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Pesquisa Operacional

versão impressa ISSN 0101-7438

Pesqui. Oper. vol.33 no.2 Rio de Janeiro maio/ago. 2013 

A multicriteria prioritization model to support public safety planning



André Morais GurgelI; Caroline Maria de Miranda MotaII,*

IFederal University of Pernambuco, Brazil. PhD Student at Postgraduate Program in Production Engineering from Federal University of Pernambuco. E-mail:
IIFederal University of Pernambuco, Department of Production Engineering, Brazil. E-mail:




Setting out to solve operational problems is a frequent part of decision making on public safety. However, the pillars of tactics and strategy are normally disregarded. Thus, this paper focuses on a strategic issue, namely that of a city prioritizing areasin which there is a degree of occurrences for criminality to increase. A multiple criteria approach is taken. The reason for this is that such a situation is normally analyzed from the perspective of the degree of police occurrences. The proposed model is based on a SMARTS multicriteria method and was applied in a Brazilian City. It combines a multicriteria method and a Monte Carlo Simulation to support an analysis of robustness. As a result, we highlight some differences between the model developed and police occurrences model. It might support differentiated policies for zones, by indicating where there should be strong actions, infrastructure investments, monitoring procedures and others public safety policies.

Keywords: public safety, prioritization, SMARTS.




The World Health Organization defines violence as the intentional use of physical force against oneself, a person or a community. As a result, Krug et al. (2002) divided it into three sets which they called: collective, self-directed or interpersonal violence which is characterized mainly as urban violence.

Therefore, the strong combat of crime and public policies such as bringing about long-term improvements in income and in education and reducing unemployment are requirements if urban violence is to be reduced. However, there is a resources shortage that prevents the simultaneous application of such actions in the same proportions in all areas in a city.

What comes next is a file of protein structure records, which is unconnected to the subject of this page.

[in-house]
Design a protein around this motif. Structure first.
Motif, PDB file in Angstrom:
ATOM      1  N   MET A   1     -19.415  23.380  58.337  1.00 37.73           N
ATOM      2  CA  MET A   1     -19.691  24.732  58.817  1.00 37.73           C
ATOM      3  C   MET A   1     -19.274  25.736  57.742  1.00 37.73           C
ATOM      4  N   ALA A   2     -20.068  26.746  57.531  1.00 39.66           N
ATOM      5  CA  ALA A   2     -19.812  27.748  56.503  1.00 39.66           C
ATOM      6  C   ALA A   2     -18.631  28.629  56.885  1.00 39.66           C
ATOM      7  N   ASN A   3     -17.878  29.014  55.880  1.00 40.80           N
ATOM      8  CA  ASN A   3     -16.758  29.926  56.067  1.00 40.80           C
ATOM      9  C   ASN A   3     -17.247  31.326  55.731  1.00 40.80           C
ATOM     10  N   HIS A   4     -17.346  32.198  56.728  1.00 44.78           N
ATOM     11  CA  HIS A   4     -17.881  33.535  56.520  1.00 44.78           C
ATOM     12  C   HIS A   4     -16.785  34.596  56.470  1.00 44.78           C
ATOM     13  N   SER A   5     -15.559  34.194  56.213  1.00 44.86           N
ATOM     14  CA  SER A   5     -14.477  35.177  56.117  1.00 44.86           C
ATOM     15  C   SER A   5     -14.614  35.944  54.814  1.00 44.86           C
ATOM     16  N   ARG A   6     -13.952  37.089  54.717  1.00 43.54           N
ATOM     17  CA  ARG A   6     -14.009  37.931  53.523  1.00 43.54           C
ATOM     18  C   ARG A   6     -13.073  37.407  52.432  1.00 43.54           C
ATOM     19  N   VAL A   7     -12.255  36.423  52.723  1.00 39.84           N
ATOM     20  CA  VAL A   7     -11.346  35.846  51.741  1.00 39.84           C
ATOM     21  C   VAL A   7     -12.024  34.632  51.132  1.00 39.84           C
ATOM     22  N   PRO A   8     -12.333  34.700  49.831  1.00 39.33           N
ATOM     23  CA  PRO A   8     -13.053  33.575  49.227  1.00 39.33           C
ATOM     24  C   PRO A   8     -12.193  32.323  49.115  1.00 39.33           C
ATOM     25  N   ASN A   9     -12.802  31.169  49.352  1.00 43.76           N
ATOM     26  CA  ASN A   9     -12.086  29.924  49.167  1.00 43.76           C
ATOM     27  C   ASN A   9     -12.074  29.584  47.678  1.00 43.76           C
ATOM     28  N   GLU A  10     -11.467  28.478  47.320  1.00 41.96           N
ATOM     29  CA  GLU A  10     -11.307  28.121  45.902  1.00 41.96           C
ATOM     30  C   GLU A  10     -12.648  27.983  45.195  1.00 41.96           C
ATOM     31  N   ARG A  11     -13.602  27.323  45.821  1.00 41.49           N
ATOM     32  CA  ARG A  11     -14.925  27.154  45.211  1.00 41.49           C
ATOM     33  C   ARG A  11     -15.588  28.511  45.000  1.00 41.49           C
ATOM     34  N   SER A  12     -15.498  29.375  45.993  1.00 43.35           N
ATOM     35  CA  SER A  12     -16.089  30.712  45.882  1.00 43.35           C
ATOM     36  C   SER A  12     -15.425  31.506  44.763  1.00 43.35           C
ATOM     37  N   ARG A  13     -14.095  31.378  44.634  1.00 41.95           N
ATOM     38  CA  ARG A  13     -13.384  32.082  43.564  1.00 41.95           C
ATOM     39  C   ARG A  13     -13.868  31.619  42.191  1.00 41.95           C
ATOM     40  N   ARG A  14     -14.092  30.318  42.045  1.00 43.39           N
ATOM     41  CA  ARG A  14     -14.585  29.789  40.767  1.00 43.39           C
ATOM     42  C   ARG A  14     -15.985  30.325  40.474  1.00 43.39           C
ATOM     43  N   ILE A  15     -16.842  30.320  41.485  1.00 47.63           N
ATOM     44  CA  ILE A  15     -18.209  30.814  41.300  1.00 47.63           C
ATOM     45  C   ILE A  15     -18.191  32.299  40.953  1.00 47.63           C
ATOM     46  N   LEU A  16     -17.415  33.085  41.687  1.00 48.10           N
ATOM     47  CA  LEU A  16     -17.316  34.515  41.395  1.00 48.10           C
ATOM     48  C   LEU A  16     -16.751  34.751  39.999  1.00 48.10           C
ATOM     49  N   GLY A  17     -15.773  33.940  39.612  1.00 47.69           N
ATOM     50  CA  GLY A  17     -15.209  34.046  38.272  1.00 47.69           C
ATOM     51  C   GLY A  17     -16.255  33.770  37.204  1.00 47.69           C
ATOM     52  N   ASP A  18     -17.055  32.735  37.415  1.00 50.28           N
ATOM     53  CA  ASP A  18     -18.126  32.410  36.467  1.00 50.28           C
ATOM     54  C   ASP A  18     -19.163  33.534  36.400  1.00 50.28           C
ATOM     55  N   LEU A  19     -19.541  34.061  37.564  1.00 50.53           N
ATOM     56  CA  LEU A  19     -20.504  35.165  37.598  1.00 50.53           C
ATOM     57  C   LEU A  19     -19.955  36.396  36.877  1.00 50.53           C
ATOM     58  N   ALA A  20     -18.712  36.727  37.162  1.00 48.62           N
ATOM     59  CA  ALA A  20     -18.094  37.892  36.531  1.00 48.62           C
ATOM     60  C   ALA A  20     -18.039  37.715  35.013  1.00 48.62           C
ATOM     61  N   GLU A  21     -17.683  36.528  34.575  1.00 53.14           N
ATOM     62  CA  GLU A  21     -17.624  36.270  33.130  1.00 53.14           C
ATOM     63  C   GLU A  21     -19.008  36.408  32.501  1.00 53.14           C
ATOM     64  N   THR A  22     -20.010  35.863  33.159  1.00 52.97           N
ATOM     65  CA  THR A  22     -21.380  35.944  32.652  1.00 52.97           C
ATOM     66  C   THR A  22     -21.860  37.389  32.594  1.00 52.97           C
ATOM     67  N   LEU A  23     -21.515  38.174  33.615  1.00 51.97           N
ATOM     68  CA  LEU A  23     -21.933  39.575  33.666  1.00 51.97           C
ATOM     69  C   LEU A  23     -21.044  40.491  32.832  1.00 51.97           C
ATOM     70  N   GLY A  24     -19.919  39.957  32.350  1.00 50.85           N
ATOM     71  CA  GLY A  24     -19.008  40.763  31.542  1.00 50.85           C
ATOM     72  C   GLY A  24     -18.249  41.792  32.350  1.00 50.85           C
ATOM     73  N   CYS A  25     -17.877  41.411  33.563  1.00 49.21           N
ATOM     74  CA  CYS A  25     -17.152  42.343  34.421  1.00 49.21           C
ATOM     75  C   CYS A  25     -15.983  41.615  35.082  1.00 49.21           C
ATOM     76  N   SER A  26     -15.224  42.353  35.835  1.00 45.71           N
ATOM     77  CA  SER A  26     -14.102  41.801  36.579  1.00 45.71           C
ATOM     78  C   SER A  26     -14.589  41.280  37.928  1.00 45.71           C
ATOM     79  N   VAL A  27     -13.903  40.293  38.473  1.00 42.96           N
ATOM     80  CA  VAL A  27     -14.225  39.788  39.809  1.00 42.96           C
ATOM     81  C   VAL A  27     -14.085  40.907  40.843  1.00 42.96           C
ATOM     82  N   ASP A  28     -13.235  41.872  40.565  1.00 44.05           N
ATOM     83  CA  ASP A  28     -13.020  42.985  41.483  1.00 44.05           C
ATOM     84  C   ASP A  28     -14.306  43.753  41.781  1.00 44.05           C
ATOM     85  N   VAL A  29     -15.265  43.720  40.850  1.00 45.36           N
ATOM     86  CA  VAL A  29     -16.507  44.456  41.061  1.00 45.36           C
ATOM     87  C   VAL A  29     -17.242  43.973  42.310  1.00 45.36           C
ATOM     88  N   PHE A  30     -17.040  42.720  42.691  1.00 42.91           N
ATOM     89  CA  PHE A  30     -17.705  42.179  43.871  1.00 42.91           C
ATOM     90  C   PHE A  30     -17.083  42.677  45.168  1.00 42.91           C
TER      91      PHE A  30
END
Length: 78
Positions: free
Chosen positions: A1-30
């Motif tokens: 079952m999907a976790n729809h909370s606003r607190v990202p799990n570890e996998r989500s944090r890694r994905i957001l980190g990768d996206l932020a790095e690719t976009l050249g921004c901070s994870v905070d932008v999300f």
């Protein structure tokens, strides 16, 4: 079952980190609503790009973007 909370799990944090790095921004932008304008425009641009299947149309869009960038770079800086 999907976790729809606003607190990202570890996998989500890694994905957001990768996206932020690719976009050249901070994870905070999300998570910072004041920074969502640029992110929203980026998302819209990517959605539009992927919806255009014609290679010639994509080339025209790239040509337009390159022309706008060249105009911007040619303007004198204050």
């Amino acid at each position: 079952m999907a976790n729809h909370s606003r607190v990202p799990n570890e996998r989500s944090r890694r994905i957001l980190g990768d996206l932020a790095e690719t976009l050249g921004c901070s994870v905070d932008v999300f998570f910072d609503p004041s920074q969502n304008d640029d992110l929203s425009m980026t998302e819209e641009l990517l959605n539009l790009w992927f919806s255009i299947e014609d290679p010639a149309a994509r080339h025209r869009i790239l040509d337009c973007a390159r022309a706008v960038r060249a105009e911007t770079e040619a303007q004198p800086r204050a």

Consequently, several studies tackled police operational problems as scheduling problems (Taylor & Huxley, 1989; Zeng et al., 2006), as facility location problems (D'Amico, 2002; Curtin et al., 2007) and as econometric models (Correa, 2005; Wang et al., 2005; Yusuf et al., 2011).

These models could contribute towards reducing operational costs, although it is also important that public safety decision makers receive support with regard to strategic and tactical issues that would allow effective public policies to develop.

As a result, a strategic model was drawn up to support the decision maker in evaluating the differences between zones in a city from a multicriteria perspective, whereas hit her to the perspective of the degree of police occurrences has normally been used to analyze these differences.

This paper sets out a multicriteria model that seeks to prioritize areas based on spatial criminology using social and demographic criteria. It will allow points of danger to be visualized that need different actions such as investment in the infrastructure. In addition, it permits different policies for safe places, such as monitoring policies being more necessary than other policies.

This paper is structured into six sections: Section 1 contextualizes the problem of violence and defines the problem; Section 2 gives an overview of spatial criminology; Section 3 reviews SMARTS and SMARTER methods; Section 4 gives a detailed presentation of the problem; in Section 5 there is a numerical application and Section 6 draws some conclusions and gives some final remarks.